Utility Structures

The use of composites in poles and crossarms is rapidly gaining acceptance and use throughout the utility industry. Composite poles are increasingly being used for many distribution and transmission applications in both monopole and H-Frame configurations. Composites have proven they can accept most industry hardware and provide a compelling case as an alternative to wood, steel and concrete.


Properties and Benefits

  • Termite resistance
  • Increased lifespan
  • Low maintenance
  • High durability
  • Design flexibility
  • More reliable in harsh conditions
  • Lightweight
  • Easily deployed
  • UV Protection

Applications and Products

Utility Poles

  • Transmission Poles
  • Telephone Poles
  • Power Poles
  • Traffic Poles
  • Distribution Poles
  • Towers


  • Tangent Crossarms
  • Dead End Assemblies

Case Studies

Appalachian Power Co.

A very wet snowstorm in December 2009 caused extensive damage in Charleston, W. Va., including approximately 1,000 broken utility poles. “Many of these poles were located in very rough terrain. Getting heavy equipment to some of these locations was almost impossible,” says Tim Brammer, senior electrical engineer for Appalachian Power Co. (APCO).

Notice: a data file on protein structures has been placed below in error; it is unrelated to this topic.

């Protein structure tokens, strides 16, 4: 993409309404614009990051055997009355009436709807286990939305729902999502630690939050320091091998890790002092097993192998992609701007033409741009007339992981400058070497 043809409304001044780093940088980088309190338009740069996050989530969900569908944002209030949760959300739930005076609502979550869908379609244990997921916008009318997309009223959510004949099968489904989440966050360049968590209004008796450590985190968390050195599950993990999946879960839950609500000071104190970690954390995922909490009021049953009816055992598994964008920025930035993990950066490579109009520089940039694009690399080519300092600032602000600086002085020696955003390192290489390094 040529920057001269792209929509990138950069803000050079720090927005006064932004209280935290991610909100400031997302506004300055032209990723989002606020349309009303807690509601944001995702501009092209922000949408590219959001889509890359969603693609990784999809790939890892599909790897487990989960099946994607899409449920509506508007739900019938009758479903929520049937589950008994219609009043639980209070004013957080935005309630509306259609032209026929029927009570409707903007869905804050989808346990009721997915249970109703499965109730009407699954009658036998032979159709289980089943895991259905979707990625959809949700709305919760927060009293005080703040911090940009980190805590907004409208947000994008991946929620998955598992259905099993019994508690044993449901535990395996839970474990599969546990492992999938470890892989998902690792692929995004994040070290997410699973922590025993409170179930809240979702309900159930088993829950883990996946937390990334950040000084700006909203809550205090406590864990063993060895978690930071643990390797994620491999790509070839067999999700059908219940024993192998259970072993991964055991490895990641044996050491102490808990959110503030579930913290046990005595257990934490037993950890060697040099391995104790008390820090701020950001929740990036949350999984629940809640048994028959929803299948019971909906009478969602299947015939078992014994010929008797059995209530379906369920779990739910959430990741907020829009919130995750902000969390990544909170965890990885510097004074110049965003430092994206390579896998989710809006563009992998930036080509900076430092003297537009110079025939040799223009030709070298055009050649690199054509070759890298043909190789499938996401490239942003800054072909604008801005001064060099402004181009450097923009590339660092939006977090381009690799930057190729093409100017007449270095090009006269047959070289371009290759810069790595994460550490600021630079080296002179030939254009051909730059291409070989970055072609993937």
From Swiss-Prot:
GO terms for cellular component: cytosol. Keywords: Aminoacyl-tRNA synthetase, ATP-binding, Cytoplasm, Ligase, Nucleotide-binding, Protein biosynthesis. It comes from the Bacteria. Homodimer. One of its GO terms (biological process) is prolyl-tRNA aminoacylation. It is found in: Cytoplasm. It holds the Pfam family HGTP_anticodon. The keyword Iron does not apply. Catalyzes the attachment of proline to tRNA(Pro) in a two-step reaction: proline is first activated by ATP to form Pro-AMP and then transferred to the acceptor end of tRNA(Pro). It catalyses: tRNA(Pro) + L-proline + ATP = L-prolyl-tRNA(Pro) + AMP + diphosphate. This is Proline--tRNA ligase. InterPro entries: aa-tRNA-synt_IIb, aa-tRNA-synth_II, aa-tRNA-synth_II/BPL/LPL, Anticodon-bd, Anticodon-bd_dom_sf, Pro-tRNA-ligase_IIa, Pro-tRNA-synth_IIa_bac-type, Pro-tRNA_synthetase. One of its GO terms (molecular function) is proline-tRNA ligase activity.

BC Hydro

Nearly a decade ago, BC Hydro, an electric utility serving British Columbia saw that its transmission line stretching across 40 rugged miles along the northwest coast was nearing the end of its useful life. The wooden cross-arms supporting the conductors that transmit electricity were beginning to rot.

High Plains Power

A few years ago, High Plains Power in Riverton, Wyoming, was looking to replace the wood cross-arms on the company’s H-frame structures with a product that can withstand the natural elements of the region. “Our lines are more than 65 years old,” said Sid McDonald, manager of Operations and Engineering at High Plains Power Learn More